Dad, “Do as I say, not as I do.” Haha

Like I said, he was complicated.


Tom Quelly


Ed was a friend, mentor, and leader to so many, I’m just proud to be counted among them. I met him on one of my first days at Lockheed Martin. As an Air Force retiree, myself, Ed was a great help as I transitioned to industry. My life lesson from Ed — never tell someone that something can’t be done. For Ed, “impossible” just made the mission more interesting. Blue Skies, my friend…


Paul Harmon


Gone too soon. The men who flew the MH-53J Pave Low and the men and women who flew and continue to fly the MH/HH-60G Pave Hawk salute your tireless efforts to develop, fund, and field these incredible aircraft for 3+ decades. A living legacy. Thank You.


Mark Schibler


In the early days of the Pave Low being transferred to the 20th SOS, after the eight-month long training exercises called “Honey Badger”, Ed worked for me in the Tactics section of the 20th SOS. At the time the H-53 did not have a particularly good reputation for reliability due to the events that occurred in the Iranian desert in 1980. Ed had the vision to know that the Pave was an ideal Special Operations vehicle and set about brainstorming a way to exhibit its unique capabilities. He conceived and planned an exercise called “Roughen Wood” where the Paves would simulate rescuing “hostages” from the Survival School in Washington state. After a tough sell to the squadron commander the plan was executed almost flawlessly and received very favorable review at the pentagon. Ed had the foresight to have the whole event recorded by the AC-130 gunship squadron, so there was irrefutable corroboration about the success of the mission. This forward-thinking tactician, on a subsequent assignment at the pentagon, was primarily responsible for the expansion of the Pave Low fleet and many of the state-of-the-art upgrades to the aging MH-53s. The long and noteworthy accomplishments of the Pave Low aircraft, it’s crews and its maintainers would never have happened if not for Ed Reed. God speed my friend.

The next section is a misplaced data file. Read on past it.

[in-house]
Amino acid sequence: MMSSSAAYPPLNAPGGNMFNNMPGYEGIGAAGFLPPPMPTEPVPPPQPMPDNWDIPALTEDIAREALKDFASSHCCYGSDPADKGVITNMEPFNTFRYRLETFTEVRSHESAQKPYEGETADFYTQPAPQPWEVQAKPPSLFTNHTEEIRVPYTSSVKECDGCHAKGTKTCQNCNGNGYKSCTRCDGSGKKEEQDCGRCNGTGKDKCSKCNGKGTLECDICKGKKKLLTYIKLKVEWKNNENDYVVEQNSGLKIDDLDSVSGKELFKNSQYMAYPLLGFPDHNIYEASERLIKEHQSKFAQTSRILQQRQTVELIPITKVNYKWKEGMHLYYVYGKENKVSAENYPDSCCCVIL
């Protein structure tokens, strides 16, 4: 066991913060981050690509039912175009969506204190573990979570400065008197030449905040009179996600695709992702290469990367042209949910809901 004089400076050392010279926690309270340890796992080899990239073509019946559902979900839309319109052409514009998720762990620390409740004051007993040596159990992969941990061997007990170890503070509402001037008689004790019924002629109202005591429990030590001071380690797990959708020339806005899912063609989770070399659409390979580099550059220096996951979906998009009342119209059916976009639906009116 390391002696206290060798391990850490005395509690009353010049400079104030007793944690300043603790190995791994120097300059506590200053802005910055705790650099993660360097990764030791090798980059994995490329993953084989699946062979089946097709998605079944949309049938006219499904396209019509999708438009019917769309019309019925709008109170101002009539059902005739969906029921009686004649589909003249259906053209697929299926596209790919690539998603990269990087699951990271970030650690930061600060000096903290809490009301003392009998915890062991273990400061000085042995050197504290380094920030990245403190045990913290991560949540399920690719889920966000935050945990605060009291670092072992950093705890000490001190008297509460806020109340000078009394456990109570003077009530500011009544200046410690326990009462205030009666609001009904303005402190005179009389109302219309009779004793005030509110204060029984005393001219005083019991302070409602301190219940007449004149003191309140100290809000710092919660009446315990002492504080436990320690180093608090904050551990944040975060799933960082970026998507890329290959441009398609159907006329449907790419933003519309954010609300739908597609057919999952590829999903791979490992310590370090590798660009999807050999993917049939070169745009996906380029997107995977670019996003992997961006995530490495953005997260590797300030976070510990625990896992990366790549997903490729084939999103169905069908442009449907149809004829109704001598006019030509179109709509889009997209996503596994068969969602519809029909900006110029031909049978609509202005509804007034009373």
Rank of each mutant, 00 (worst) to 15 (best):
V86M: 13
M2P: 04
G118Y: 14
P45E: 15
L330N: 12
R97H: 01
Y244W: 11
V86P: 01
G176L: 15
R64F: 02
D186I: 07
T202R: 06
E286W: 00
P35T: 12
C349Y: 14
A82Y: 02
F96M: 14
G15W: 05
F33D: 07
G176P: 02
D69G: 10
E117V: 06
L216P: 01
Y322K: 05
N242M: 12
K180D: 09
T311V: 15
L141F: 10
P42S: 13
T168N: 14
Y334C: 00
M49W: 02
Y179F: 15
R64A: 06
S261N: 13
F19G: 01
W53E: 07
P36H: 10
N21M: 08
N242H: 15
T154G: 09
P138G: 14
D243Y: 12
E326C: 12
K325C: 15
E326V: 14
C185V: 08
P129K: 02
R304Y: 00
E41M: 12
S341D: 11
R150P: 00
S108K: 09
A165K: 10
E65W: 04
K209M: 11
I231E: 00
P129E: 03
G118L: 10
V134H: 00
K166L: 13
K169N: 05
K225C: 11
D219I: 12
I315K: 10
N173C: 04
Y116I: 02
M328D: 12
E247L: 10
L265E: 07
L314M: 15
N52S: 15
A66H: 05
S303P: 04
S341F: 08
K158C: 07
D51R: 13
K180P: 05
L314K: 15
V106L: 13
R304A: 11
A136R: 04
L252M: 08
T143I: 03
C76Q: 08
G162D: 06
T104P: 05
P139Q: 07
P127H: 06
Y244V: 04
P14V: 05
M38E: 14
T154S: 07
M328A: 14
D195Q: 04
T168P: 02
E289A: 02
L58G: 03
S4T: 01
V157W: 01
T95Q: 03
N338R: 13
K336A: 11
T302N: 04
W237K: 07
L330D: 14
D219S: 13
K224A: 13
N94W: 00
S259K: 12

Rick Greenblatt


I will miss you Sir…. Ed was a major mentor in my career, and as it turns out in life. As many Ed Reed associates can recall, his direction to me was “Gerb…. Get it done. Get it done right. And… get it done right now!” That set me a successful run in the USAF…… and his words boosted me thru life as well……

It’s with a smile and a tear…. “Elvis has left the building”. God speed Ed. May your family be blessed by your memories.


Richard Davis


I had the pleasure of working in Weapons and Tactics for him. He was an awesome person with energy and imagination that lead the way for our success! I truly will miss him! My prayers and condolences go out to him & his family.


Kenneth G Sipperly Jr


Ed Reed was my squadron commander for a year while at Kirtland AFB, NM at the 551 SOS then the 58TRSS. ANYONE, absolutely ANYONE who had anything to do in flying, maintaining or supporting the MH-53H/J/M PAVELOW mission did so at the honor and forward thinking of Ed Reed. His mind was ahead of our time with aircraft suitable for SOF and simulation/emulation tools that are today’s seminal training platform modifiers…. his dedication to the MH-60 and CV-22 program was cornerstone. Rest in peace Ed, knowing you continually leave behind those of us that carry your torch into the future.

Integrity, Honor, and Respect
Some of the best things cannot be bought, they must be earned